As always, I strive for my work to be visually interesting while inspiring an introspective search for meaning. I very much agree with Max Beckman who stated, “In order to get something universal you must be very specific.” I don’t presume to provide solutions to this complicated dilemma. I desire to stir awareness to the tragic losses and hope these works spur open dialogue regarding what can be done to prevent the excessive incidents of gun violence. If ignored, we are all possible “Targets.”

About the MCL Grand Theater & Center for the Creative Arts The MCL Grand is a multi-purpose facility supporting numerous arts groups in the Greater Lewisville area by providing state of the art spaces for artists to perform and display their works. In addition, each year the Grand hosts regional & national exhibits. The arts community benefits from the availability of generous classroom space for artists workshops and meetings.

The facility features a 296-seat theater with acoustics designed for both speech and music, a 2,200-square foot professional art gallery, a 2,400-square foot dance recital hall, 3,000 square foot black box theater and 1, 750 square feet of classrooms. The MCL Grand is in the heart of Old Lewisville, a newly revived destination spot with numerous trendy eateries and taverns surrounding Wayne Ferguson Plaza, urban park with easy access to Dart Rail, yellow line and I-35. MCL Grand 100 N. Charles Street, Lewisville, TX 75057.

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“Flow”: Fluid Abstracts by Mary Galbraith opens June 17 at Frisco Fine Art

Mary Galbraith

Frisco Fine Art welcomes local abstract artist Mary Galbraith in the exhibit “Flow”, from June 17 to July 1. A reception to meet the artist will be held on Saturday, June 17, from 1:00 to 5:00 p.m.

The exhibit will showcase her most recent work: stunning, fluid acrylic paintings that evoke both calm and movement. Galbraith has a solid foundation in nearly every medium. As early as high school, she was participating in painting workshops throughout Texas and became an accomplished photorealistic artist. Now an advocate for experimentation, she broke from the tight constraints of photorealism to explore the looseness and abandon of fluid acrylics.  “Now that I’ve finally stepped out of my self-imposed box, I’ve never felt more free.”

Frisco Fine Art

2601 Preston Road, Suite 2002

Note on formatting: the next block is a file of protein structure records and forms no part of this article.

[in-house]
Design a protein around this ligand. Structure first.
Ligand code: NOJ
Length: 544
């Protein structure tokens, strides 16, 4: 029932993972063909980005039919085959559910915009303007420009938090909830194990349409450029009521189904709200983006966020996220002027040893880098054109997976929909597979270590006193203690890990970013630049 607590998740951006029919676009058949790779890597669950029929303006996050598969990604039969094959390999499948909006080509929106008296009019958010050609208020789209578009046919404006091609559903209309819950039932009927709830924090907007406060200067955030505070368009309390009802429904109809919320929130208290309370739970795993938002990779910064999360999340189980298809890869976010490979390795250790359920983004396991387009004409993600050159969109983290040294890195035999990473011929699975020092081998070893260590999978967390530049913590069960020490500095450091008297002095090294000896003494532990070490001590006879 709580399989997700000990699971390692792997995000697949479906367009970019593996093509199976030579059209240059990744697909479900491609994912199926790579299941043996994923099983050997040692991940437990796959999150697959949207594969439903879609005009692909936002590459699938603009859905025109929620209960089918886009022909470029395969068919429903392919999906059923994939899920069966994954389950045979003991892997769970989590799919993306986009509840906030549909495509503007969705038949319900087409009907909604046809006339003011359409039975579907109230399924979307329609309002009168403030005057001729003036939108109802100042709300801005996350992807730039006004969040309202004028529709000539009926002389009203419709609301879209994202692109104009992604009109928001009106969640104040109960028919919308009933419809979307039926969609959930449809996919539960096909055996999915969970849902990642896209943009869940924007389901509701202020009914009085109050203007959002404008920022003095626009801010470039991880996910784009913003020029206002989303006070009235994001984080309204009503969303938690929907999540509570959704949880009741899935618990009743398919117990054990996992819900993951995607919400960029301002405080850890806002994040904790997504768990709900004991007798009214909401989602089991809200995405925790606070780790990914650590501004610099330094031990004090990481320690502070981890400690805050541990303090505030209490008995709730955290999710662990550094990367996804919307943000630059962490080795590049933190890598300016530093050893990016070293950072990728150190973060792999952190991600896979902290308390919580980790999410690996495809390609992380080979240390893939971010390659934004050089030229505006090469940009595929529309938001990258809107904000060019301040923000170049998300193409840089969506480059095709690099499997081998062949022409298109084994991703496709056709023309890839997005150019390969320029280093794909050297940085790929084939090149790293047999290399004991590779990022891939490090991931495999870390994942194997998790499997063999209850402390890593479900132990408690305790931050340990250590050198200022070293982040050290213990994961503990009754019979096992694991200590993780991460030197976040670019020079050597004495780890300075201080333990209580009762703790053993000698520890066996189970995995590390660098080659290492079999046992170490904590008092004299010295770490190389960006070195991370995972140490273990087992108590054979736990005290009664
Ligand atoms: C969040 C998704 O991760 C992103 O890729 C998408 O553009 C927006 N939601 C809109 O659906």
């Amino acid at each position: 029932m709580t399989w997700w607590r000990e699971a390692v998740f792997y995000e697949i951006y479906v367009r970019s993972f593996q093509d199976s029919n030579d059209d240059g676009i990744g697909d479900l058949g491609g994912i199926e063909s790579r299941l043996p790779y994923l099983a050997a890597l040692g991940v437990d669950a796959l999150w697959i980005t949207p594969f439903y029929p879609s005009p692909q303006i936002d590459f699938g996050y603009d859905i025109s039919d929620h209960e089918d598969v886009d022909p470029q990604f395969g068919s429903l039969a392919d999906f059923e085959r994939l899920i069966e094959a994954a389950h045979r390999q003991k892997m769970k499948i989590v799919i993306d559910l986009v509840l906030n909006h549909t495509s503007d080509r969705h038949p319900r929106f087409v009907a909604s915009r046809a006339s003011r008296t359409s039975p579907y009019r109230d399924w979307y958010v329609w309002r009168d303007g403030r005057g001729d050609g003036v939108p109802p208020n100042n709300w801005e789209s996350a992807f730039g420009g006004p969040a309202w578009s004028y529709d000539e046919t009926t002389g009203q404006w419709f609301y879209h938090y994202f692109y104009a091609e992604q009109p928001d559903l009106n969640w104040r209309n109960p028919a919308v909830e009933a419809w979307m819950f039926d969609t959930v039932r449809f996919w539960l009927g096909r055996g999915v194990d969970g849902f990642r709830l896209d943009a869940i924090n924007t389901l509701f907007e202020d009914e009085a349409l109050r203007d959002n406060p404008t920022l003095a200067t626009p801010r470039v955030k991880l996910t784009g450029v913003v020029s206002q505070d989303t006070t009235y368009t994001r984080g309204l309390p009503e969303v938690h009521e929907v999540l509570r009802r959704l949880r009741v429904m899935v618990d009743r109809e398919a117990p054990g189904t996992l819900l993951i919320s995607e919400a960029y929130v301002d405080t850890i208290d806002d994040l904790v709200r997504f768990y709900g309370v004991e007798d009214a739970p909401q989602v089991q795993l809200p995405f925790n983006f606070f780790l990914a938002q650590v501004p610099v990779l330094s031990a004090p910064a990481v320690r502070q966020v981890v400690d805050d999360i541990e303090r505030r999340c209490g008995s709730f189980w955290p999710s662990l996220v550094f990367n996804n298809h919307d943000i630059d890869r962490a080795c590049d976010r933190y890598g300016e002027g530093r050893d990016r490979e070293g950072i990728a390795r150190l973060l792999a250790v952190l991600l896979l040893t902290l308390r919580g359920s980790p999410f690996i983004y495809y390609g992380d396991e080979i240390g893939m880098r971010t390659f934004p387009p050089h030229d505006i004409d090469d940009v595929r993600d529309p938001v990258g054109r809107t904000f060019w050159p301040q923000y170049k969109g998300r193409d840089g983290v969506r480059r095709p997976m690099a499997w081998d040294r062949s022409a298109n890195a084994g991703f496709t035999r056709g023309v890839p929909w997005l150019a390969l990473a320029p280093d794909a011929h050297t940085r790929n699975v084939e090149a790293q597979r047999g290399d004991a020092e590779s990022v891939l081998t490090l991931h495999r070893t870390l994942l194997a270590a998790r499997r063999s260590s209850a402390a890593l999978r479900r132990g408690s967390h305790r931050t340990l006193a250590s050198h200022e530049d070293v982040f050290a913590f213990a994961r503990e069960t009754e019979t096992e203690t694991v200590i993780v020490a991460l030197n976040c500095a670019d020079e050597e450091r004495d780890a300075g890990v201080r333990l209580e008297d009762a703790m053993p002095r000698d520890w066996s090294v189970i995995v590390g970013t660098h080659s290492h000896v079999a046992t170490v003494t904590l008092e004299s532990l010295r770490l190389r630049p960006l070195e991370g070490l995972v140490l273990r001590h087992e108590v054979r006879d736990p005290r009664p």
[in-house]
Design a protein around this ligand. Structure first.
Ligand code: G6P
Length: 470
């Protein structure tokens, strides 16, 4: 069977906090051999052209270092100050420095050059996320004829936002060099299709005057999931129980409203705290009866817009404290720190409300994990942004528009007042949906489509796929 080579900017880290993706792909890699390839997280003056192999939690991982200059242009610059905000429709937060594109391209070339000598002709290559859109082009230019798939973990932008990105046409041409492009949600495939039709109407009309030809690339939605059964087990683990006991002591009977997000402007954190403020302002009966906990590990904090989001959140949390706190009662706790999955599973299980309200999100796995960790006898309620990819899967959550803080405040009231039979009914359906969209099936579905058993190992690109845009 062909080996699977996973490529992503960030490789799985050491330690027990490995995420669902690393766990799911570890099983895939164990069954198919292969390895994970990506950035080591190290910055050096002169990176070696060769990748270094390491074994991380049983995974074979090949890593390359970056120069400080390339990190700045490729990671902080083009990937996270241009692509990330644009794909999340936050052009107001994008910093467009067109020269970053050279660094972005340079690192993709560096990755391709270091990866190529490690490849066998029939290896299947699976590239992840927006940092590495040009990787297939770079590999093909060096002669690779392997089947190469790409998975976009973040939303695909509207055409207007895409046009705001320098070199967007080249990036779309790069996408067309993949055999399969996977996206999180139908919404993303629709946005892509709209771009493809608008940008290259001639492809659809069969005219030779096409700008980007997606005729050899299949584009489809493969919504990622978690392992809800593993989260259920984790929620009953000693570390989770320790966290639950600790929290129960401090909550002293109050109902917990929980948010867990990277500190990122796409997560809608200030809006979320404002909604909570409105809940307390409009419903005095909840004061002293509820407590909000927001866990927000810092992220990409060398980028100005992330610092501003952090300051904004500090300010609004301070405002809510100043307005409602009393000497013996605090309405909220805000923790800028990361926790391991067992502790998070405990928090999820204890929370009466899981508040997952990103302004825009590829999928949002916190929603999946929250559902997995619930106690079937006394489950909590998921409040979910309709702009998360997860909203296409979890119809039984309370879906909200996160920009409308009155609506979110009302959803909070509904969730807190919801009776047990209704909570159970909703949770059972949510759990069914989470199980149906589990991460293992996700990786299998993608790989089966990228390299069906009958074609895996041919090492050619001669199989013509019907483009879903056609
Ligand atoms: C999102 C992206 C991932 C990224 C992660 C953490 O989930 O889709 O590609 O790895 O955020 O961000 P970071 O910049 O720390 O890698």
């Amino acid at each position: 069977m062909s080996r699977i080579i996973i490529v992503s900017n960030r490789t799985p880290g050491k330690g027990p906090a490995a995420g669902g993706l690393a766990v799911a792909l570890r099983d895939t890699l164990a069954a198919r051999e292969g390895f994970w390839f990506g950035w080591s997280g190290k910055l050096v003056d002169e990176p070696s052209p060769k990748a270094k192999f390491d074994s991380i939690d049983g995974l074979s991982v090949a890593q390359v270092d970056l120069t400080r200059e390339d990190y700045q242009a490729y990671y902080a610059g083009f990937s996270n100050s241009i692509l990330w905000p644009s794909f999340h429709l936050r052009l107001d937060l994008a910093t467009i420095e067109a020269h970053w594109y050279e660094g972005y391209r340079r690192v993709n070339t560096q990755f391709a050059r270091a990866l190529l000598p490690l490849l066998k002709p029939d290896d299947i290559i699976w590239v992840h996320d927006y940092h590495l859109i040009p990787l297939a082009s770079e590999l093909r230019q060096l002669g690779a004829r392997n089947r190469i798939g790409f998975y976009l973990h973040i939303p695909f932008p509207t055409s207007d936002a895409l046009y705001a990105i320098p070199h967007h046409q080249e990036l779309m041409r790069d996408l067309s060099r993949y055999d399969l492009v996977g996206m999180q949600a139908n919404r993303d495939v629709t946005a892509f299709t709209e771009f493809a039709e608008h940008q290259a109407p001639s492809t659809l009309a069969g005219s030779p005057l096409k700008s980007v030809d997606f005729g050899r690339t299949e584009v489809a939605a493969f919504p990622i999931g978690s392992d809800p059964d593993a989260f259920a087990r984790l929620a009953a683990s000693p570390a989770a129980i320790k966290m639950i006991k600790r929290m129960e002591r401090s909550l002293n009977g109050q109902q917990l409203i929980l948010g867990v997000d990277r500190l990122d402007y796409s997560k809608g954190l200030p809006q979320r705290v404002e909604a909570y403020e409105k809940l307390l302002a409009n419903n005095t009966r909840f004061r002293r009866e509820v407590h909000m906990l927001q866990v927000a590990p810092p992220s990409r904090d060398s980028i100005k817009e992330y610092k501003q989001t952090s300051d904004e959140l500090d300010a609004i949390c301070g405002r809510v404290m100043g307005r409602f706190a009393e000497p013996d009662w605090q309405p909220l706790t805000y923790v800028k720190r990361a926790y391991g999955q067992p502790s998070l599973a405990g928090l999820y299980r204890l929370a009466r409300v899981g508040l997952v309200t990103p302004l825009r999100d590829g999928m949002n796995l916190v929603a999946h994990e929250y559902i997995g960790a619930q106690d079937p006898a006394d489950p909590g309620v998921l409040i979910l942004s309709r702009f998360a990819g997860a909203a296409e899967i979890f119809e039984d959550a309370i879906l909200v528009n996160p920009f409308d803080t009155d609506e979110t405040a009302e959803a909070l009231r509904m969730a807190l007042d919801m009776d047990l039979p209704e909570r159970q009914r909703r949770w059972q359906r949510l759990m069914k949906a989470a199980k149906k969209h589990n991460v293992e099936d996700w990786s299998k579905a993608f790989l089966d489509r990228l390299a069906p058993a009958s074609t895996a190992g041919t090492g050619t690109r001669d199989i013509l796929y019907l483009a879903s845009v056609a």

Frisco, Texas 75034

Stonebriar Center, upper level next to Dillards

214-872-1917

http://www.friscofineart.com

 

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Adam Knoche solo cereamics exhibition opening June 16 at Brookhaven

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Adam Knoche Gallery Opening, 6/16/17 Studio Gallery, Brookhaven Community College, Farmers Branch, TX, 6-8pm

 

Adam Knoche is a ceramic artist working and teaching in Dallas, TX. Adam received his Bachelors of Fine Art Degree from Ball State University in 2010 and his Masters of Fine Art Degree from Southern Illinois University of Edwardsville in 2014. Adam has exhibited nationally and internationally, as well as given artist lecturers and demos including Vanderbilt University, and Potter’s Society of Canberra Australia. In 2012, Adam spent 3 months at Strathnairn Art Association in Canberra, Australia as Artist in Residence.  In 2015 Adam worked and lived in New York City at Greenwich House Pottery as Studio and Fabrications Manager and also taught courses in ceramics. Currently, Adam is Adjunct Professor of Ceramics and Instructional Specialist at Brookhaven Community College in Dallas, TX.

UnderliningStructureKnoche

Artist Statement

I am always conscious of my place in the landscape and my impact on the environment. In my work I respond to visual influences that reflect time through cyclical natural processes. My work has been influenced by information gathered at various “sites”, places in the natural environment that I have responded to visually. The connection of the natural in conjunction with mechanized systems that we as humans are a part of, influence my work.  I am interested in how we as human beings in the 21st century interact with the landscape. We often have the best intentions in mind but in actuality we cause more harm than good. Through the tangible experiences that shape our lives we see life, death, decay, and rebirth. These extremes in life and nature make me aware of my own impermanence and just like the highest mountains whither to sand so will my body turn to dust. I make objects that represent these natural processes of time and life and show a depleted barren depiction of the future of our fragile landscape.

The idea of time in my work is activated on two levels, one of actual time that I occupy and also geological time that has come before me and will continue long after I’m gone. I am interested in the current time in history in regards to the human interaction and neglect of stewardship to the land that we all share. Whether that is the depletion of natural resources or the over excavated landscape in search of these finite materials. The landscape in which we are currently observing is being transformed by human interactions rather than geological time. Through this process our civilization is altering and shaping the vary planet that we all inhabit and re writing our own geological history in the dirt.

My work has a sense of artifact with a raw natural appearance. I respond to artifactual quality of my work on a visceral and conceptual level. I see the artifact as being able to speak not just about change but also about context and content of a civilization.  I use hand built and mold processes to create an environment for the clay to react naturally to the elements of the firing. To allow the clay to do what in nature it would without my interaction. I incorporate my hand through use of tooling of the surface to create faults and tears to insinuate the infiltration of the man and machine. I see this way of working as cyclical and returning to the bare essentials of art-making and finding the essence of the material and its structure. The violence in volcanic eruptions and earthquakes are what shape this earth and create the beautiful structures that I directly respond to. I incorporate these observations into my work but in conjuncture the land is also being changed through mining, drilling, and excavation.  I see this accumulation of processes as a way to show the honest of our landscape.